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Shakespeare or science?

文科还是理科?这是个问题

中文 英文 双语 2011-10-20    来源:21st Century      阅读数:176796
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导读:在科技快速进步、经济蓬勃腾飞的今天,科学技术似乎已经与人文艺术成了南辕北辙(at cross purposes)的两个词。学生们都期望毕业后能找一份理想的高新工作,于是文科日益受到冷落。
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文理科选择
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文科还是理科

On 21st-century campuses, is there room still for traditional literature such as Shakespeare?
在21世纪的大学校园里,还有莎士比亚此类传统文学的空间吗?

A declining number of students think so in the US–a trend that worries leaders at many top universities, where engineers often outnumber humanity students.
在美国,能给出肯定答案的学生数量越来越少,这一趋势令不少顶尖名校的领导们为之感到担忧,而这些大学的理工科学生数量往往超过人文学科学生。

Seeking to reignite interest in the liberal arts, Stanford University last month welcomed the Class of 2015 with a rich opening volley of literature and philosophy. They are designed to elevate freshmen dreams beyond cool jobs, such as working at Google.
为了激发同学们对文科的兴趣,上个月斯坦福大学在开学时为2011级的新生们献上了一场文学与哲学(联合对抗理科)的阻击战。这一安排旨在激励新生们的梦想,使他们不再紧盯像进入谷歌这样很酷的工作机会。

The 1,718 incoming students–nearly half of whom arrive intending to major in the sciences or engineering–listened to a lecture organized by the College of Humanities and Arts, where acclaimed author and physician Abraham Verghese praised the meaning, and opportunities, of a liberal arts education.
这1718名新生中近乎半数人是冲着理科或工科而来,他们听了一个由人文和艺术学院组织的讲座,在课堂上备受赞誉的作家兼内科医生亚伯拉罕•韦尔盖塞先生为新生们阐明了人文学科教育的意义与机遇。

“We’re trying to break the idea that college is just something to get through on your way to a career,” said Debra Satz, associate dean for Humanities and Arts. “It is a gift.”
“我们试图去打破这一观点,即大学只是你通往事业道路上的一个中转站。”人文艺术学院副院长黛布拉•赛兹说道,“这次活动算是一种礼物。”

In the humanities’ heyday of the mid-60s, more than 1 in 3 Stanford students majored in languages, literature, the arts, history, cultural studies and philosophy. By 1995, only about 1 in 10 did–a figure that hasn’t changed much in a decade. Meanwhile, interest in engineering, math and computer science has climbed.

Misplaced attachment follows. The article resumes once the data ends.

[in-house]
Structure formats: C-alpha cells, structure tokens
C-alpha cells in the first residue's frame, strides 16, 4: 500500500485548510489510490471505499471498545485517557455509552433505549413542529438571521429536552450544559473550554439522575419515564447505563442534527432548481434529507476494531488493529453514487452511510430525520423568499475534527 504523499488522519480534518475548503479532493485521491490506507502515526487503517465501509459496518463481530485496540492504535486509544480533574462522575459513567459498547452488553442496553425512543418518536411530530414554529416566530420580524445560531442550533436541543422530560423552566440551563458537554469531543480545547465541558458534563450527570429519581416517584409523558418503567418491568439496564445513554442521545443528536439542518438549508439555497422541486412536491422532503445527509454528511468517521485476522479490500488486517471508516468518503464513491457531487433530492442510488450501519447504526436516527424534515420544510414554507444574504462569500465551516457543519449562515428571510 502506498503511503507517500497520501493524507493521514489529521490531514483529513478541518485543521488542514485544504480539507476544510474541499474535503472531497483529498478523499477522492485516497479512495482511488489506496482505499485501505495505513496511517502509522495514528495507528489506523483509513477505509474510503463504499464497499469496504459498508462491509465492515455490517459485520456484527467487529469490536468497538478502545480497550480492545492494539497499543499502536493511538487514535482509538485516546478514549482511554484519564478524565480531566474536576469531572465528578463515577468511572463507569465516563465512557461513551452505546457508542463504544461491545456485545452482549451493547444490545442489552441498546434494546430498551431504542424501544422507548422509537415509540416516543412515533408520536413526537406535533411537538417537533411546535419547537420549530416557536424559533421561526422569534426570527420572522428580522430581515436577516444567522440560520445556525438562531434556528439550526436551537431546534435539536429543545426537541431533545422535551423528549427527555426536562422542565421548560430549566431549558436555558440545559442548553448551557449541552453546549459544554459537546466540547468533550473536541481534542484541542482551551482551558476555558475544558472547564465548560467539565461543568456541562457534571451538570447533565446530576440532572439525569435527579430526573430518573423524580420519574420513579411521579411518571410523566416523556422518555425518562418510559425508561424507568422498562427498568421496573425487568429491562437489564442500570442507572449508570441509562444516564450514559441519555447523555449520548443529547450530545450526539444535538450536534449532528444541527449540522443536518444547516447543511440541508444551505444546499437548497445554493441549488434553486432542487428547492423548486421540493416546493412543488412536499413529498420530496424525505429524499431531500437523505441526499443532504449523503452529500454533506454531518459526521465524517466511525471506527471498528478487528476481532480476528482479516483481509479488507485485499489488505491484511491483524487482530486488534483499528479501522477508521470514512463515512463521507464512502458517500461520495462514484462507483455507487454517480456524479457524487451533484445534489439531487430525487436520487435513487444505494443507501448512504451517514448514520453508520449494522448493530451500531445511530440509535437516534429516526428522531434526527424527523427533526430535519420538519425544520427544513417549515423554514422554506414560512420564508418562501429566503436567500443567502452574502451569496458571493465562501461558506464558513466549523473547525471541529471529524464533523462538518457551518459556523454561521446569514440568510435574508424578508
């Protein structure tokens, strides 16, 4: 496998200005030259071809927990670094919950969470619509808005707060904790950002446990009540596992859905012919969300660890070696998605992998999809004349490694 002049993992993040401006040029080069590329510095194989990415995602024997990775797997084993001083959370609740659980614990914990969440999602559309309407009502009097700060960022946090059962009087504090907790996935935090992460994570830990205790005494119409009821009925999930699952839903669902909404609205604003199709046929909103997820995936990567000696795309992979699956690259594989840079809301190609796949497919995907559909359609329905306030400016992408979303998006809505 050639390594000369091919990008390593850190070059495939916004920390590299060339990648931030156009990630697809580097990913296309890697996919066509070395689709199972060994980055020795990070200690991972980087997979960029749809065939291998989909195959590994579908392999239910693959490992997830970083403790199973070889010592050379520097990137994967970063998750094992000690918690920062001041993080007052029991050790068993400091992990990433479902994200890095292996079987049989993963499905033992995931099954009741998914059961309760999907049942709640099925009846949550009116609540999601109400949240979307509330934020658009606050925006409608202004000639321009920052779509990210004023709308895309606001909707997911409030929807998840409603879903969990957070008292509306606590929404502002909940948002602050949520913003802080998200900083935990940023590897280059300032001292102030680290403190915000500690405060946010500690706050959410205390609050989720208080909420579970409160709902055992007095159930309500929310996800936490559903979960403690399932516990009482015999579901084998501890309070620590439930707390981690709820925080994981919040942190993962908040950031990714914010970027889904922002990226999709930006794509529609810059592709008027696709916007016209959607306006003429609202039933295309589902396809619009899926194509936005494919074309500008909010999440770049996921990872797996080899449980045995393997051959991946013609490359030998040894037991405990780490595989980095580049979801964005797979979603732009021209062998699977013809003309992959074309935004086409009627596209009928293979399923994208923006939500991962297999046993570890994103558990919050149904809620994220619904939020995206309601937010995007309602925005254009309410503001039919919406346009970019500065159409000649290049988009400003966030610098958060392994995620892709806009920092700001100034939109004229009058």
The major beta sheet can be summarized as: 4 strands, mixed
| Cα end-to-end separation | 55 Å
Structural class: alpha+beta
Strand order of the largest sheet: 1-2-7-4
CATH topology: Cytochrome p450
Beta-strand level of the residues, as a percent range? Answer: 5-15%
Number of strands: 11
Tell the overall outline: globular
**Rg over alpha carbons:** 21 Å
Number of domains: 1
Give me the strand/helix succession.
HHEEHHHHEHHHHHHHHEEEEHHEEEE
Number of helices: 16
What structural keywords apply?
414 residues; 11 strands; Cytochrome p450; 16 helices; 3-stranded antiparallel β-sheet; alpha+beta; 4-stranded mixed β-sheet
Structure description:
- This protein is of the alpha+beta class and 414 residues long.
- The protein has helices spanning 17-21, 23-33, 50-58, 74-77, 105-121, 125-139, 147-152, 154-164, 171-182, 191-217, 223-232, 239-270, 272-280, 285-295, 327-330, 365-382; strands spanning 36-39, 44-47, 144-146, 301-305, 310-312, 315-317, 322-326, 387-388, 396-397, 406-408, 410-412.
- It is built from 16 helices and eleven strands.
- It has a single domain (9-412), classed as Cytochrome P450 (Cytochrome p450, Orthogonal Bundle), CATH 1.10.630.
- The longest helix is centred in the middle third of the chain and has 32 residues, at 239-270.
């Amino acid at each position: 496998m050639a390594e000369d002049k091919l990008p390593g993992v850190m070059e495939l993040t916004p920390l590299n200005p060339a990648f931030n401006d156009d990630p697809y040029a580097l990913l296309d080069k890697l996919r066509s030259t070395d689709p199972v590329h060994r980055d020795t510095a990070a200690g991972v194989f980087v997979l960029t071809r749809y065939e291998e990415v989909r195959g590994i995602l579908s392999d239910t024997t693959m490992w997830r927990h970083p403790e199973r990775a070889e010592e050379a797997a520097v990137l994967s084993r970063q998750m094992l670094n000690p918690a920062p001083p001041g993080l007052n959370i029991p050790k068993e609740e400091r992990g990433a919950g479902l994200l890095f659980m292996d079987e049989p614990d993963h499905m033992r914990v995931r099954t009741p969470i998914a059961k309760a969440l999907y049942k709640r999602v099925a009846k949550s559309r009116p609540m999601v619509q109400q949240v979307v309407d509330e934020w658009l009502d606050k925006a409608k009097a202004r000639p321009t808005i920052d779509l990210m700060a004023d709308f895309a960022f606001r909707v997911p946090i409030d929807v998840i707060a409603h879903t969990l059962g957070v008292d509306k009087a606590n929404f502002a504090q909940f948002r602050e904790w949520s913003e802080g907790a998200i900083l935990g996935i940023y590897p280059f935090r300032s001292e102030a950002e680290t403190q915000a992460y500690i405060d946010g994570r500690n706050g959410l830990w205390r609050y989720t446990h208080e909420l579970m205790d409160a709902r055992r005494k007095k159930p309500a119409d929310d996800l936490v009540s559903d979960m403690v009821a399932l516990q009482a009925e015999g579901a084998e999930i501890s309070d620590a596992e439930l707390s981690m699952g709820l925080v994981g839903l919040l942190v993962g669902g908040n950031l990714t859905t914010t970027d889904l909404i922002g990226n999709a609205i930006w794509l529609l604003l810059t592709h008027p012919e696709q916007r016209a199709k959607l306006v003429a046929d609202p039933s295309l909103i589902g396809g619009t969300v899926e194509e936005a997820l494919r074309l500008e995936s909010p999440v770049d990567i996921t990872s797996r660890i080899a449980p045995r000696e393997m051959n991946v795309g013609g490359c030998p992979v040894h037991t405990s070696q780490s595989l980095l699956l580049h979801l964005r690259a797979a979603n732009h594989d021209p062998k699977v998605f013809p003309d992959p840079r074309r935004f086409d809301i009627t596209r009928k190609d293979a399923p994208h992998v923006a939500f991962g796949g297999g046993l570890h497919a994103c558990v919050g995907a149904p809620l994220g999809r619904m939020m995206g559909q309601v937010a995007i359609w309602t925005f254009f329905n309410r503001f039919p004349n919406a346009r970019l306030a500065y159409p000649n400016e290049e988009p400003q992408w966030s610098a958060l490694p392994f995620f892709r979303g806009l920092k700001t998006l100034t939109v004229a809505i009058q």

在上世纪70年代中期正值人文学科鼎盛时期,斯坦福大学超过三分之一的学生主修语言学,文学,艺术,历史,文化或哲学专业。而到了1995年,只有大约十分之一的学生选择这些专业了,这一数字在之后的十年里并无太大改变。而与此同时,学生们对工程学、数学和计算机科学的兴趣与日俱增。

This trend is echoed in five decades of data from other schools such as Harvard, Princeton, Brown and Yale.
在哈佛、普林斯顿、布朗和耶鲁大学等学校过去50年的数据中,这一趋势也有所体现。

At a Stanford appearance last year, Geoffrey Harpham, director of the National Humanities Center, said the humanities must be reinvigorated and are critical to the US’ future. “The genius of this country,” he said, “is a program of education for all its citizens.”
去年,美国国家人文科学中心负责人杰弗里•哈珀姆曾现身斯坦福大学并称人文学科必须寻求复兴,这对美国的未来非常重要。他说道:“这个国家被赋予的独特之处就是全民教育计划。”

But for students who came of age in the Great Recession, the siren song of science can be tough to resist. And as tuition costs rise, fewer seem willing to explore the question: How do I live a life of true meaning?
但对于那些在经济大萧条时期长大成年的学生们来说,很难抵制来自理科的诱惑。同时,由于学费增加,很少有人愿意去探究像“我怎样才能获得真正有意义的人生?”此类的问题。

“I don’t see a lot of risk-taking,” Satz said. “Very few students are enrolled in courses like 19th Century France, or The Literature of Revolution.”
“我不觉得这要冒多大的风险。”赛兹说道,“很少有学生入学时便选择19世纪的法国或变革的文学之类的课程。

Economic anxiety is well-grounded, according to an analysis by Georgetown University. It shows that over a lifetime, the earnings of workers who majored in engineering, computer science or business were up to 50 percent higher than the earnings of those who majored in the humanities, the arts and education.
乔治城大学的一项分析显示,人们对经济形势的担忧是有理有据的。同样一生的时间里,主修工程学、计算机科学或商学的人的收入要比那些主修人文学科、艺术或教育的人高出近50%。

“Shakespeare wasn’t in it for the money. If you’re all about the money, I wouldn’t go there,” Satz said. But she added humanities students who go on to graduate school and land jobs in tech-intensive fields do just fine.
“莎士比亚醉心于文学可不是为了钱。如果你们都只是为了钱,我也不会选择文科。”赛兹说道。但她也补充说,那些继续进修读研并在技术密集型领域工作的文科学生们都做得很不错。

Of this year’s new students at Stanford University, 25 percent said they intended to major in the natural sciences; 21 percent plan to study engineering. Humanities were the primary academic interest of 17 percent.
在今年的斯坦福大学新生中,25%的人表示自己更倾向于主修自然科学;21%的人计划去学工程学。对文科首先感兴趣的学生最少,只有17%。

Magdalena Barrera is a professor of American Studies in San Jose State University. She said there’s pressure from the family to major in something practical and lots of students are putting themselves through school.
玛格达琳娜•巴雷拉是圣何塞州立大学美国研究学的一名教授。她说来自家庭的压力会迫使学生选择比较实用的专业,不少学生们正在大学中接受教育。

“Many don’t recognize that skills like writing or critical thinking can open doors to good entry-level jobs,” she said.
“许多人并没有意识到,像写作或批判性思维这样的技能能为你打开通往第一份心仪工作的大门。”马格达琳娜说道。

21英语网站版权说明  (Translator & Editor: 21英语 Gene AND Aaron)


以上文章内容选自《21世纪英文报》,详情请见《21世纪英文报》925期
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